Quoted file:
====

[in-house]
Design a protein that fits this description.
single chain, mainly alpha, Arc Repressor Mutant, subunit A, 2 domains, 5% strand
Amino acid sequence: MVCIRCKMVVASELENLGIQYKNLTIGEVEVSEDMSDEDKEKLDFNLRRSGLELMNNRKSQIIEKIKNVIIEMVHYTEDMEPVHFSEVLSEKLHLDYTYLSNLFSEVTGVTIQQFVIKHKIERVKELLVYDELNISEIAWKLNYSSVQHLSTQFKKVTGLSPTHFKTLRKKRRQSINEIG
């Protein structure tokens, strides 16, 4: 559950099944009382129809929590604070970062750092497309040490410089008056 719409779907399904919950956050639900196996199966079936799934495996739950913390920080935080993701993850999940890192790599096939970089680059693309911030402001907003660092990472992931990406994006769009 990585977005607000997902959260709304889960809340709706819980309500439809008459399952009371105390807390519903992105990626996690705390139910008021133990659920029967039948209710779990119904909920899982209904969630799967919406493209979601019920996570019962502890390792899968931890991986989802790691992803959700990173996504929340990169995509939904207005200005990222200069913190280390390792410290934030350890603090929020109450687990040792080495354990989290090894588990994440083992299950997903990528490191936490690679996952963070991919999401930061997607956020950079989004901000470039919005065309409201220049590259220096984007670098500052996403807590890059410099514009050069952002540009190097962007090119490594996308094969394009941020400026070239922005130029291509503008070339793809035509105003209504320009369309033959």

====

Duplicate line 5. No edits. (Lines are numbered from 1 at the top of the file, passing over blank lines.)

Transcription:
């Protein structure tokens, strides 16, 4: 559950099944009382129809929590604070970062750092497309040490410089008056 719409779907399904919950956050639900196996199966079936799934495996739950913390920080935080993701993850999940890192790599096939970089680059693309911030402001907003660092990472992931990406994006769009 990585977005607000997902959260709304889960809340709706819980309500439809008459399952009371105390807390519903992105990626996690705390139910008021133990659920029967039948209710779990119904909920899982209904969630799967919406493209979601019920996570019962502890390792899968931890991986989802790691992803959700990173996504929340990169995509939904207005200005990222200069913190280390390792410290934030350890603090929020109450687990040792080495354990989290090894588990994440083992299950997903990528490191936490690679996952963070991919999401930061997607956020950079989004901000470039919005065309409201220049590259220096984007670098500052996403807590890059410099514009050069952002540009190097962007090119490594996308094969394009941020400026070239922005130029291509503008070339793809035509105003209504320009369309033959």